"Television is so rhythm-oriented. Once you're into the rhythm—as with Shakespeare—a scene will play itself. The key is understanding the rhythms. We have to cast 28 to 35 parts every eight days. There are three sessions, and we see 20 to 40 people per session." Up for an Emmy (the awards are Sept. 22) for a May episode of "SVU" is Martha Plimpton, who's slated to co-star in David Mamet's Boston Marriage, premiering at the Public Theatre in November.
Tucker speaks enthusiastically about casting a Paul Reiser pilot, "F/X": "It's a great script, and I just love having people discover the abundance of talent that's in New York!"
Lois Smith did superb work in a May episode of "SVU," in which she played the mother of a rape victim with Down's syndrome. "When they spoke to my agency, there was a conflict," Smith says. "I was starting rehearsals at Steppenwolf for The Royal Family.
"I first heard about it when they called back and said, 'We really want her. Ask her to read the script; it's very good.' I did read it, and said I'd love to do it, but I didn't want to miss the first day of rehearsals. They fixed it, and I was delighted. Wasn't that young woman [Andrea Fay Friedman] remarkable? She has Down's syndrome and is also an actor."
Smith doesn't mind the speed of television work. "What's difficult are the hours. As the week goes by, they get progressively later. You start at 6 AM Monday, and they have to honor the turn around, which means giving actors 12 hours off. Each day becomes later and later. I don't know how the regulars do it; I should think they'd go bonkers. I think I got home about 2 AM [the last day], and had to catch a plane to make it to Chicago for a noon rehearsal."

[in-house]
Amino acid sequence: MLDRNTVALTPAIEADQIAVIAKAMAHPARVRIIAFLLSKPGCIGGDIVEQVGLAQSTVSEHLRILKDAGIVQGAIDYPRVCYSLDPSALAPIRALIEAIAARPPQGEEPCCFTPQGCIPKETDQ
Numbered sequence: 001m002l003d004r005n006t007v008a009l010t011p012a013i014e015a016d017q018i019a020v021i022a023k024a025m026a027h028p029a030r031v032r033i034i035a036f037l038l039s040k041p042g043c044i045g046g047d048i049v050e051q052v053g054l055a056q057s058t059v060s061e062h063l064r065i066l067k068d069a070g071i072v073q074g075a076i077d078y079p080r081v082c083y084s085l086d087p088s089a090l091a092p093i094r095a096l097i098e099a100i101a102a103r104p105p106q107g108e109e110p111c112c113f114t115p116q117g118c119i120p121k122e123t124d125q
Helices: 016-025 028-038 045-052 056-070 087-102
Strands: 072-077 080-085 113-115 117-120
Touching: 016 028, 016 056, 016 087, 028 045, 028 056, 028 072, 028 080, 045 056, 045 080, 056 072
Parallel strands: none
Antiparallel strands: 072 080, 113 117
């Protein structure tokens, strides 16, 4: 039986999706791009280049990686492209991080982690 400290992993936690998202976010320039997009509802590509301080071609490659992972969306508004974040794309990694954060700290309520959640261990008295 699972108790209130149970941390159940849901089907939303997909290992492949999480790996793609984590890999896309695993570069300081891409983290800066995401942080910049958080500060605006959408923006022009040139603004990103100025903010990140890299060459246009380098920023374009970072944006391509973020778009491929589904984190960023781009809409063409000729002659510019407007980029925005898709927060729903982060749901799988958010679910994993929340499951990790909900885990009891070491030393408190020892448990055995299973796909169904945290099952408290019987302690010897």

Last season at Steppenwolf, Smith also starred as Mother Courage. She agreed to play Fanny Cavendish in The Royal Family, "because Frank Galati directed it. That made it irresistible! It was my first time working with Frank since The Grapes of Wrath [for which Smith received a 1990 Tony nomination]." She has a cameo in an independent film, "A Foreign Affair," and just completed an episode of "Touched by an Angel" for the new season.
Lois Smith's television credits date back to TV's Golden Age, before she filmed "East of Eden." She recalls, "I started practically 50 years ago, when there was lots of television in New York—and it was live! You could do a [TV] play every week. I was lucky to start right away on the stage [in Broadway's Time Out for Ginger], but I was very grateful for television. Isn't it great that it's back in New York?"
Sept. 1, live on TV, be sure to watch the PBS presentation (9 PM/ET) of the last performance of the 2000 Tony Award-winning musical, Contact, with Charlotte d'Amboise, Alan Campbell, Colleen Dunn--and Susan Stroman's dazzling choreography and direction.
STAR GAZING: Catch Nathan Lane Sept. 8 in the season finale of "Sex and the City." He plays lounge singer Bobby Fine who's set to wed a socialite (Julie Halston). (Didn't Lane work with Sarah Jessica Parker's husband in a Broadway musical?)
>Michael Buckley's interviews appear in Show Music magazine, The Sondheim Review, and at TheaterMania.com.